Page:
By Bruce Alpert
With the U.S. Supreme Court affirming the Affordable Care Act's constitutionality and Republicans so far unable to repeal it, provisions of the law are taking effect in advance of full implementation slated for 2014. Wednesday was the deadline to mail or provide credit card refunds for policyholders in cases where insurance companies didn't, as the law requires, spend at least 80 percent of premiums on health care rather than administrative or other non-care-related expenses.
Nationally, 5.5 million beneficiaries are getting rebates averaging $135 per person. In Louisiana, companies came closer to the 80 percent requirement, as 51,627 insurance policy holders are getting rebates checks averaging only $43.
Another provision taking effect Wednesday requires health insurance plans to provide services and tests for women with no out-of-pocket costs, including co-pays.
Many are noncontroversial such as Pap smears, cancer screenings, diabetes screenings, as well as domestic violence counseling and breast feeding counseling. But a requirement that mandates health insurance plans provide coverage for contraception remains controversial.
The U.S. Catholic Bishops said that providing the coverage runs counter to their religion's objection to artificial birth control and they have rejected an Obama administration proposal that would require insurance companies to provide the coverage without cost for plan sponsors that object to birth control.
The matter is now in the courts and has been temporarily blocked from being implemented in one state -- Colorado -- while legal proceedings continue.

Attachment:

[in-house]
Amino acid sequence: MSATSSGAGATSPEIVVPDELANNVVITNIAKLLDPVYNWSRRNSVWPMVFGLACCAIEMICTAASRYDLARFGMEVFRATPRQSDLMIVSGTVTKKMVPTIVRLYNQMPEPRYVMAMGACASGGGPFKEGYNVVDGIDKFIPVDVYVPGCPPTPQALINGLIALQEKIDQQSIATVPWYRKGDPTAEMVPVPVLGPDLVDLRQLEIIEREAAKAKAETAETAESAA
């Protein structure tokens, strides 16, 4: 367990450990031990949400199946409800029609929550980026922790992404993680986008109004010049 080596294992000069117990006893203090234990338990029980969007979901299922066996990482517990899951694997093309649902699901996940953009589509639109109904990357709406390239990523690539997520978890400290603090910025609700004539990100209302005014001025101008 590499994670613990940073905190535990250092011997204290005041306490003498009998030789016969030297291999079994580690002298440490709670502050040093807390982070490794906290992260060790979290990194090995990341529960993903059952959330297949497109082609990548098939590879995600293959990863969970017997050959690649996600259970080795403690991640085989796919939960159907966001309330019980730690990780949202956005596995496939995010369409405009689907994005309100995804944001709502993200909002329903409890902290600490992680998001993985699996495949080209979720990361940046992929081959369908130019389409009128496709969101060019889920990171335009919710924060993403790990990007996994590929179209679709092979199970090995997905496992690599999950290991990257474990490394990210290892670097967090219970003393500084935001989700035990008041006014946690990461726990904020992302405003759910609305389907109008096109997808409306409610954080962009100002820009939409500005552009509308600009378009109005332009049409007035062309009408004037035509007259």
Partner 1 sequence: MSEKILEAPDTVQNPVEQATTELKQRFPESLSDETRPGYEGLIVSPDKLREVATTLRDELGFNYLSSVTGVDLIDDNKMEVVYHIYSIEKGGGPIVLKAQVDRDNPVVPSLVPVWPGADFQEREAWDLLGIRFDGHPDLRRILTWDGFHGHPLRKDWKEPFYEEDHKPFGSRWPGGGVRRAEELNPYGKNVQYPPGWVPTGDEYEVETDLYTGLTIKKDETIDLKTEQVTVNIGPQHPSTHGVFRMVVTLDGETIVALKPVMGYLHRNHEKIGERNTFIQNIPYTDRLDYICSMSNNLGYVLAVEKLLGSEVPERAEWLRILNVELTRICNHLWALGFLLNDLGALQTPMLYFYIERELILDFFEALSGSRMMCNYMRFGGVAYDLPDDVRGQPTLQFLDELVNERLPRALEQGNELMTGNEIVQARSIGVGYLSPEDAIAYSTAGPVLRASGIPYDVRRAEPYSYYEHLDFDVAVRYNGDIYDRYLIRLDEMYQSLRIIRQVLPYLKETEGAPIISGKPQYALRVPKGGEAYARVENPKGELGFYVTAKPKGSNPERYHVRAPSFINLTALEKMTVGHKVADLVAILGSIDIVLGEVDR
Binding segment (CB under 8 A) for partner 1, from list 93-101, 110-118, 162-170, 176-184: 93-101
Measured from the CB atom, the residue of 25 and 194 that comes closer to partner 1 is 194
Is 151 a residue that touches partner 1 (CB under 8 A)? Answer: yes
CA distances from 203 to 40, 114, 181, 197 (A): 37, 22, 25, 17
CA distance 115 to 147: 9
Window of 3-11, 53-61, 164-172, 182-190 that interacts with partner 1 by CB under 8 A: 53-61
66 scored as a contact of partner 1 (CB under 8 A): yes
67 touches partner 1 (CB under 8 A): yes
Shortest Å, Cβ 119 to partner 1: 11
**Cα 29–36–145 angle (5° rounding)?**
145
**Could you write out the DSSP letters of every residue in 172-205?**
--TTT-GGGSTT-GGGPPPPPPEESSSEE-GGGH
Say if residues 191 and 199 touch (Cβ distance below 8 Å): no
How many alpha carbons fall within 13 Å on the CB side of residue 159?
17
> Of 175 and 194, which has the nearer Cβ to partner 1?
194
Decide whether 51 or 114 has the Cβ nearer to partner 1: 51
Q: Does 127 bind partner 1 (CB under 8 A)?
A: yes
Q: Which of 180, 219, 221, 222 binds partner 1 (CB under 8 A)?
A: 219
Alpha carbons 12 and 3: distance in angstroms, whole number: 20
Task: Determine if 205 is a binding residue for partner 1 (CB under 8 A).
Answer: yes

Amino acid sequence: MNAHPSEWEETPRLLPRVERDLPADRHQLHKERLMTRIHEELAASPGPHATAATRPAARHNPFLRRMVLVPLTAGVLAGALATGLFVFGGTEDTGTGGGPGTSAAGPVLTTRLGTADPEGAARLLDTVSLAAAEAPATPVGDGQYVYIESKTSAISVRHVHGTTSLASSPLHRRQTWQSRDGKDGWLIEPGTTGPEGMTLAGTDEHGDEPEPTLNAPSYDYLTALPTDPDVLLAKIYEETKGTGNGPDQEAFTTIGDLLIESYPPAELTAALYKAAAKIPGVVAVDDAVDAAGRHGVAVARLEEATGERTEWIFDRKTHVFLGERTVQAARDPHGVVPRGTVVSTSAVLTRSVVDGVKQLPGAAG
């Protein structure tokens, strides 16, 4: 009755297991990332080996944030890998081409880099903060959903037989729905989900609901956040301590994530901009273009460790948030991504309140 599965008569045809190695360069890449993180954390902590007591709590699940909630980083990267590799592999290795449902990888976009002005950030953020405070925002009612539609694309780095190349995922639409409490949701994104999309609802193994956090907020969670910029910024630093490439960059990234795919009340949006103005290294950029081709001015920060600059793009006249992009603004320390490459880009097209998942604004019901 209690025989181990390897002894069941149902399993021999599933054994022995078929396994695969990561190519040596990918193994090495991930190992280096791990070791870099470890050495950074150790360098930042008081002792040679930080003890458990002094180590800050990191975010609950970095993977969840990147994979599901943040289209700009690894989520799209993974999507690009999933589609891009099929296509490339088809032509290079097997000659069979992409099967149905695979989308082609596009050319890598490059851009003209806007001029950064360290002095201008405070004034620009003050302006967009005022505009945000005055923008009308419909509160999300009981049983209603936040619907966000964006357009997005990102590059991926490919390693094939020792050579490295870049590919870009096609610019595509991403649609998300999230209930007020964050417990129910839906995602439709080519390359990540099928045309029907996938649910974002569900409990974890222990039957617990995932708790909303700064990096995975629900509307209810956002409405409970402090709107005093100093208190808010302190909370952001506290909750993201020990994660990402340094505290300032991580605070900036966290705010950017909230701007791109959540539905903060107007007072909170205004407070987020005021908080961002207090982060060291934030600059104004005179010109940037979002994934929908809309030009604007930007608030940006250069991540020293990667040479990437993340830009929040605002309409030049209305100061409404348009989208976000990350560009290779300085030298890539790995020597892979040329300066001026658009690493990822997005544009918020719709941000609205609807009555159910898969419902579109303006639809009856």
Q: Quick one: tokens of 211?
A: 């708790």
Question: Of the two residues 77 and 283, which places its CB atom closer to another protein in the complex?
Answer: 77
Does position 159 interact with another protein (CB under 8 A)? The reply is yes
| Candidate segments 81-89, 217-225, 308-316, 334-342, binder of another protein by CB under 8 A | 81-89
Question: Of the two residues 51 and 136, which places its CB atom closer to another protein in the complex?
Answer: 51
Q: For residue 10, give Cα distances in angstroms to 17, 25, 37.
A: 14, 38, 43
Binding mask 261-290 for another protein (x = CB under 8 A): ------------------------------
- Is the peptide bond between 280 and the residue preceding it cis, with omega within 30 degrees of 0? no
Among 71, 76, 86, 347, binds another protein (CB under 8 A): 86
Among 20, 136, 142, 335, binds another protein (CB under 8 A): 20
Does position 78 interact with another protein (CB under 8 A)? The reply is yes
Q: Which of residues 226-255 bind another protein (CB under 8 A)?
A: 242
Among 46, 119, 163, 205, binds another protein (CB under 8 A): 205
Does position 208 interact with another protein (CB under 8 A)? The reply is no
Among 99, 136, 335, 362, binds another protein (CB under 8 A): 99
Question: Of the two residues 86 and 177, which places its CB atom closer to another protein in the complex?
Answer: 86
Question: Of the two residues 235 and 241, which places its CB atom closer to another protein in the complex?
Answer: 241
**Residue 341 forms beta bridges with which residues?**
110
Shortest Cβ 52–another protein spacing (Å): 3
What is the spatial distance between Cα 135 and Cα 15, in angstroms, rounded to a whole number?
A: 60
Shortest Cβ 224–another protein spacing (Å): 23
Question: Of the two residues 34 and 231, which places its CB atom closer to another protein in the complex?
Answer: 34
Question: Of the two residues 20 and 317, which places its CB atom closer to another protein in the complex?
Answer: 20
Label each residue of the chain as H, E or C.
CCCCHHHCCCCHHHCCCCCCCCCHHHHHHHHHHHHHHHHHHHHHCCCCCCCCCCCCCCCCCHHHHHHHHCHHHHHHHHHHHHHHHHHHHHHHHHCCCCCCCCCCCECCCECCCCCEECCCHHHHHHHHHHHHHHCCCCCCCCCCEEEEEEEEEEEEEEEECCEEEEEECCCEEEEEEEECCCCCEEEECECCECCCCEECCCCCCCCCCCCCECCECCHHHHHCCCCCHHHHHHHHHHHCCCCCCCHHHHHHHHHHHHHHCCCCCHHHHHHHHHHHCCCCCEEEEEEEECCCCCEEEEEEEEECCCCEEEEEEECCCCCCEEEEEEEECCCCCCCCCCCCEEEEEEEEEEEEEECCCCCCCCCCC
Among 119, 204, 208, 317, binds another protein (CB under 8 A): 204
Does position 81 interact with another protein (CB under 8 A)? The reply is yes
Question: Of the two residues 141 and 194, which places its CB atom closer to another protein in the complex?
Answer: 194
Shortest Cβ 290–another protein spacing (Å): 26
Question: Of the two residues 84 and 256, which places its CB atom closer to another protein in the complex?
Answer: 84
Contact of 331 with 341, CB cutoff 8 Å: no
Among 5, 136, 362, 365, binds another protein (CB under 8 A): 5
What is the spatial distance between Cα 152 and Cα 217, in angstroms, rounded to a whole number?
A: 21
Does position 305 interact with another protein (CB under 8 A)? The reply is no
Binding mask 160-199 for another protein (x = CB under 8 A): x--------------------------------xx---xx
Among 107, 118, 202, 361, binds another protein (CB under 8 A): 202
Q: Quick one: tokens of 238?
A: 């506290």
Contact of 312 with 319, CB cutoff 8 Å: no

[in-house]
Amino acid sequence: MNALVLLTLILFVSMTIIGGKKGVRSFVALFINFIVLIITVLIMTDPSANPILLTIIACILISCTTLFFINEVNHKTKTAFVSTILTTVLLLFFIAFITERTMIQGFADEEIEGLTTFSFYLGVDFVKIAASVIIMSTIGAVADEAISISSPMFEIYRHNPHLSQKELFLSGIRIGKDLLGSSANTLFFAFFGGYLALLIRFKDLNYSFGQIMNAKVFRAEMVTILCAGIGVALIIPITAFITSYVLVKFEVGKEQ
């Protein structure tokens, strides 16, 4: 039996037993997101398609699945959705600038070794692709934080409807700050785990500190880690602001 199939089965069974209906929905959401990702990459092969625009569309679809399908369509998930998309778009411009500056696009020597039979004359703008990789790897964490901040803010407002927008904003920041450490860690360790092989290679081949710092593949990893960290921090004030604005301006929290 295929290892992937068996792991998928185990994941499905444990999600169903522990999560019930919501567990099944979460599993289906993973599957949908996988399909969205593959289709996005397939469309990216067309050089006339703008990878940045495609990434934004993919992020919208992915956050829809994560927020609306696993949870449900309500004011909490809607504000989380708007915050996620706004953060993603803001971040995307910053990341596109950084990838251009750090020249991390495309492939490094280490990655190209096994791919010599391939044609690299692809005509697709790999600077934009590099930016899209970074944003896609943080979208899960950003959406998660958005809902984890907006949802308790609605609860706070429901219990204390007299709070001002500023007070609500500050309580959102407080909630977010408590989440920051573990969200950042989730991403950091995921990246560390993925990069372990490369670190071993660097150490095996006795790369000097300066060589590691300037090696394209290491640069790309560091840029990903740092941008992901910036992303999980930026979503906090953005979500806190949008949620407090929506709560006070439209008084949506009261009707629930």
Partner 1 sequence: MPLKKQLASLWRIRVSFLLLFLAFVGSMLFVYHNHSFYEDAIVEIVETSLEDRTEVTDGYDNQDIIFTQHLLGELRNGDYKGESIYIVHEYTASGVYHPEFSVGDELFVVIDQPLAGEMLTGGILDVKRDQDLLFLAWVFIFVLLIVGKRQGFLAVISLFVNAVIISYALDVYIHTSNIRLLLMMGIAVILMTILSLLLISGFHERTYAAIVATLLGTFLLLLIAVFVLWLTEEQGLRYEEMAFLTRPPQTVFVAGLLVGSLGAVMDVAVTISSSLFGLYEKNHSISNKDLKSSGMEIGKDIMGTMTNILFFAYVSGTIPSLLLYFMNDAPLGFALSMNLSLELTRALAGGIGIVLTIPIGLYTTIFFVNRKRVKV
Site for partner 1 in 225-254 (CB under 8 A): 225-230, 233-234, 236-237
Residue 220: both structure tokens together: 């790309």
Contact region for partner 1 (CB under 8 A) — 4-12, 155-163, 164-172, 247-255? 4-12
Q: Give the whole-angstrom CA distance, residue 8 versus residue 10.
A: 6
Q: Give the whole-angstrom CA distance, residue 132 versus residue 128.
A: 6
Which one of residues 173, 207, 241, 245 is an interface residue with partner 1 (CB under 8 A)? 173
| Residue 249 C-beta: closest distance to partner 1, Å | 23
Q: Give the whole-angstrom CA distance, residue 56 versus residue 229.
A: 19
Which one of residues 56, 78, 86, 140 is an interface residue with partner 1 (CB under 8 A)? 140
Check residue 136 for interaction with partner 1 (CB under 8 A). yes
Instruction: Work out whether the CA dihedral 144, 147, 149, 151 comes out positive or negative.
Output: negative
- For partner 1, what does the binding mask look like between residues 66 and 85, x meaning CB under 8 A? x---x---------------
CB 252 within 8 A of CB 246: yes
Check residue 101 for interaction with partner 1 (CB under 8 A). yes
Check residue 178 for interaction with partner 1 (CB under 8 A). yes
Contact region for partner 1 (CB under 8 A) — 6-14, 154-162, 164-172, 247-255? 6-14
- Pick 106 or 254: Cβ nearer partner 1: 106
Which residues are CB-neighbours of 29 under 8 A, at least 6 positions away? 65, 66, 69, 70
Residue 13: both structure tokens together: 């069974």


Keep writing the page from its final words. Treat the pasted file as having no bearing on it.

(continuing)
At a news conference this week, a group of Democratic senators, including Mary Landrieu of Louisiana, focused on the less controversial provisions being implemented this week under the Affordable Care Act, which was passed with only Democratic votes in 2010.
"For Louisiana, the state I represent, over 600,000 women ... will be able to access these services to keep themselves healthy and well, women that are working minimum-wage jobs or women that show up at the highest levels at some of the largest companies at the corporate level," Landrieu said.
Health and Human Services Secretary Kathleen Sebelius said the new provisions will make a real difference for women.
"No women should have to choose between seeing her doctor and putting food on the table for her family and, now, many women won't have to make that difficult choice any longer," Sebelius said.
And next year, she said, "it will be illegal for companies to deny someone coverage because they're a breast cancer survivor or pregnant or a victim of domestic violence."
Rep. Bill Cassidy, R-Baton Rouge, who has joined other Republicans in unsuccessful efforts to repeal the Affordable Care Act as overly bureaucratic and expensive, said he's not impressed.
"Despite what HHS is saying, these health services and rebates are not free," said Cassidy, a physician. "The costs are passed back to the people paying the insurance."
Cassidy cited a report by a Harvard professor who warns that some women will be more vulnerable to layoffs because of the mandates.
Rep. Steve Scalise, R-Jefferson, focused on provisions that require employers to provide health coverage that includes birth control, including sterilization, even if they have moral objections.
"President Obama's sterilization and contraception mandate blatantly violates the religious freedoms guaranteed by the U.S. Constitution by forcing thousands of businesses and individuals to violate their religious beliefs in order to comply with this latest Obamacare mandate," Scalise said.
Rep. Charles Boustany, R-Lafayette, a doctor, said the contraception mandate includes so-called emergency contraception drugs that "can destroy a pregnancy and prevent implantation of a human embryo."
But Sen. Tom Harkin, D-Iowa., said the administration has offered a reasonable compromise to those with moral objections to birth control. And he said that not all women who use birth control do so to prevent pregnancies -- many "take birth control pills" to treat medical problems such as serious menstrual cramps, he said.